Université Lille 2, Pôle Recherche
9-11 Apr 2014 Lille (France)

Archaeoentomology lecture


Jean-Bernard Huchet works as archaeoentomologist (the study of insect remains recovered in archaeological contexts) at the National Museum of Natural History (Paris). In 1996, from the study of the entomofauna found in a 10th century sarcophagus attributed to Guillaume Taillefer, the Count of Toulouse, he laid the groundwork for a new discipline: "l'Archéoentomologie funéraire" (Funerary Archaeoentomology), which can be defined as the application of Forensic entomology to the study of graves and human remains recovered within archaeological contexts.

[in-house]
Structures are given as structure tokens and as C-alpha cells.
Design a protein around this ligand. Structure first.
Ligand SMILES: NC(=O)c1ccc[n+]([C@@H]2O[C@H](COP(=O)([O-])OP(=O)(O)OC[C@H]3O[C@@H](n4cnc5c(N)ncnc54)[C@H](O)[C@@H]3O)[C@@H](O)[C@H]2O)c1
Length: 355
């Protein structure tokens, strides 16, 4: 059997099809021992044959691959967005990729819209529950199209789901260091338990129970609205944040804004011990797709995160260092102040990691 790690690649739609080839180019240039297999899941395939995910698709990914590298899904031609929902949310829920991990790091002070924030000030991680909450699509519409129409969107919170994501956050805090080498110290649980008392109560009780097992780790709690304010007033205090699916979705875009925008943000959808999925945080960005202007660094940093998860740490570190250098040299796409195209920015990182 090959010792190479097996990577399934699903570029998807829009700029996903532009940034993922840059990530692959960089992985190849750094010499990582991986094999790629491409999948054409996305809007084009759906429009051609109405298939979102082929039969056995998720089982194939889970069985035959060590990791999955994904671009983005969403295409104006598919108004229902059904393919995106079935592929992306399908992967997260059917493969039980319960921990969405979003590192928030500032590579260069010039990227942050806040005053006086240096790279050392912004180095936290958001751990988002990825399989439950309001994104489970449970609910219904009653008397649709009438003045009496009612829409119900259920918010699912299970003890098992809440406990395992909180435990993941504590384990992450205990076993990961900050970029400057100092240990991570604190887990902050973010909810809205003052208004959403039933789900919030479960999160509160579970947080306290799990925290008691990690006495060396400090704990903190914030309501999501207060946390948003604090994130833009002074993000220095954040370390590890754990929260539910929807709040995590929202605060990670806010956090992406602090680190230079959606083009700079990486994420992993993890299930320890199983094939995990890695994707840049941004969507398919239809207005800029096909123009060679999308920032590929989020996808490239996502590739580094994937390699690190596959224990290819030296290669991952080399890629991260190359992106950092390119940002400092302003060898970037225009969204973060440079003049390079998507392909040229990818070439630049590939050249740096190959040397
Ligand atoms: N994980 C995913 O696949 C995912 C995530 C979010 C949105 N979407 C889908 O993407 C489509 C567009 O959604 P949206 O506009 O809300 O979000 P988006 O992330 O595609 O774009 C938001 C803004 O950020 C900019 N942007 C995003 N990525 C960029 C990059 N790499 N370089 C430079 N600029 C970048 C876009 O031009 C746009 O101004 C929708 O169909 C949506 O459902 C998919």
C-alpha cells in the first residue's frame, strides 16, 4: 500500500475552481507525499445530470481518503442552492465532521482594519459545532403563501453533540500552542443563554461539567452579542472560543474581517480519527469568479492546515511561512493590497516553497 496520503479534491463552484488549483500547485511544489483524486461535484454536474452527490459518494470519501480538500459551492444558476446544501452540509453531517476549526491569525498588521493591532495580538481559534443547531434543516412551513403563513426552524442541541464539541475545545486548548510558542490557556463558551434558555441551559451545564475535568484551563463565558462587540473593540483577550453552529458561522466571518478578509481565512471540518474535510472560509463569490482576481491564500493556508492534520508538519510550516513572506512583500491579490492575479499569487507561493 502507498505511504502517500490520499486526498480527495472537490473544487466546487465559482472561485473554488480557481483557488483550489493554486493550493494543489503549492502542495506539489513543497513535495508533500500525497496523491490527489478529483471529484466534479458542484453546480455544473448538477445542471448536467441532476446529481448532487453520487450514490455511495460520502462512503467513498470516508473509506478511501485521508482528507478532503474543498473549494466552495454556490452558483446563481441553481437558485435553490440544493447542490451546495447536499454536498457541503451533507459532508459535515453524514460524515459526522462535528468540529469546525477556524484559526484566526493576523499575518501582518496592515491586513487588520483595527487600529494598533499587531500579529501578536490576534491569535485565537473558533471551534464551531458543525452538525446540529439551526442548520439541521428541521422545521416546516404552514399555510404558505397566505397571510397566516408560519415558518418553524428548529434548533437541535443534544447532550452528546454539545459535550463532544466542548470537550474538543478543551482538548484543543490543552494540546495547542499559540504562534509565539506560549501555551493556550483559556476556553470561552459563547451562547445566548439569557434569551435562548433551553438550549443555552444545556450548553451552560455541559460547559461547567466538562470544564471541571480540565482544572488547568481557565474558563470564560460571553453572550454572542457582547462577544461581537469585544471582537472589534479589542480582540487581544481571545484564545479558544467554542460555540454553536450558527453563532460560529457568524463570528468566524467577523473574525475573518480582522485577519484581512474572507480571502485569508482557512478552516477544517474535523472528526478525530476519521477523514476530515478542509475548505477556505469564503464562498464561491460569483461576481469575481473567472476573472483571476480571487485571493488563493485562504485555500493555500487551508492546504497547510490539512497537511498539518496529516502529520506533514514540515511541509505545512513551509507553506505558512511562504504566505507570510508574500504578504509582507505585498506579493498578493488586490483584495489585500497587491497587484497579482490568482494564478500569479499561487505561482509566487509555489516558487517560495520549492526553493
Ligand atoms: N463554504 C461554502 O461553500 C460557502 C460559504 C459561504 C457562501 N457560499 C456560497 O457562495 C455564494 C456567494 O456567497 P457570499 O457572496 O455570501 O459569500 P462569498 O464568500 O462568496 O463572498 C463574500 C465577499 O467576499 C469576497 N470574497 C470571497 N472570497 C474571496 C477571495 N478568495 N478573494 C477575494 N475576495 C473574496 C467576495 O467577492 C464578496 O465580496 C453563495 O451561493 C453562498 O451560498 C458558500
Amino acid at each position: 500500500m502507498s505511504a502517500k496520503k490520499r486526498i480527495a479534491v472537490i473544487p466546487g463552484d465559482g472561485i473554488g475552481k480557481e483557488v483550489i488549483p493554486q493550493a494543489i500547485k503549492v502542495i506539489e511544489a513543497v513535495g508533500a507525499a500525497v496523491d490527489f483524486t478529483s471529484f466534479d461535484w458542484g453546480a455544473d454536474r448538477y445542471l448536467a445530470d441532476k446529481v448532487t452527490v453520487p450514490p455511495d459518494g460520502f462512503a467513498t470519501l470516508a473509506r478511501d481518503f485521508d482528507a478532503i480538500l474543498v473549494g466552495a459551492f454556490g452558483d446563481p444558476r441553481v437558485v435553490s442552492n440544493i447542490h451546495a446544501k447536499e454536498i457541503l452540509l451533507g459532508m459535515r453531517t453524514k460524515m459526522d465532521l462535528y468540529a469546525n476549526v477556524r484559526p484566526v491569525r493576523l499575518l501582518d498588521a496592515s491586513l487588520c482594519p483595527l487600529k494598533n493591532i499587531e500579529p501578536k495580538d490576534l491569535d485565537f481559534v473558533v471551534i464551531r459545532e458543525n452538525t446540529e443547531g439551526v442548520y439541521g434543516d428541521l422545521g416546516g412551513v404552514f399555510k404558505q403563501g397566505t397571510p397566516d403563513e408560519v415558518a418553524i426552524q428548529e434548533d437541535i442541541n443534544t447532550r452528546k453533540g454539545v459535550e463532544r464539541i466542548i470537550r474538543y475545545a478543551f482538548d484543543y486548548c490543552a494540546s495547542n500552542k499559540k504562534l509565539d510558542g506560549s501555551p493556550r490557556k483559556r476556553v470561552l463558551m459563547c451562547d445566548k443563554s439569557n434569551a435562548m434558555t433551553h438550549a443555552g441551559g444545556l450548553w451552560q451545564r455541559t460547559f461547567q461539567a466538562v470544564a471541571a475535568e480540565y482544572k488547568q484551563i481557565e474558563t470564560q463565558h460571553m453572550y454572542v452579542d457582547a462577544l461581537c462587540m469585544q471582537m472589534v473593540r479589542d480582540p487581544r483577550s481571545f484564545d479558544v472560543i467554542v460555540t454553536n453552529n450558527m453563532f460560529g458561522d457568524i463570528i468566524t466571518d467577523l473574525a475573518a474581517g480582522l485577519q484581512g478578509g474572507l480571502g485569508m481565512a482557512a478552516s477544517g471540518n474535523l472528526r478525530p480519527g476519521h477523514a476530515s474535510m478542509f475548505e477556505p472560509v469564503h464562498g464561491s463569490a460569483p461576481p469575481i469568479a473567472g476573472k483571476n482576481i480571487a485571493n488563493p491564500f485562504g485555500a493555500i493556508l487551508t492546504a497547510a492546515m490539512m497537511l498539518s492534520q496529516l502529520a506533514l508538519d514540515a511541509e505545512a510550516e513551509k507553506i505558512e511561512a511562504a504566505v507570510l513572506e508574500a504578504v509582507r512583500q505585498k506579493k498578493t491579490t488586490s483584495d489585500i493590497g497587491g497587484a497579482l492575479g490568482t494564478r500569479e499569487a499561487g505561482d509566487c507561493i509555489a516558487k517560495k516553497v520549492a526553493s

The EAFE meeting will be a good opportunity for him to present several "old cases" dealing with past funerary practices evidenced by the study of relevant, well-preserved insect remains as well as some amazing cases of human bone modifications perpetrated by several families of hexapods formerly misinterpreted as palaeopathologies.



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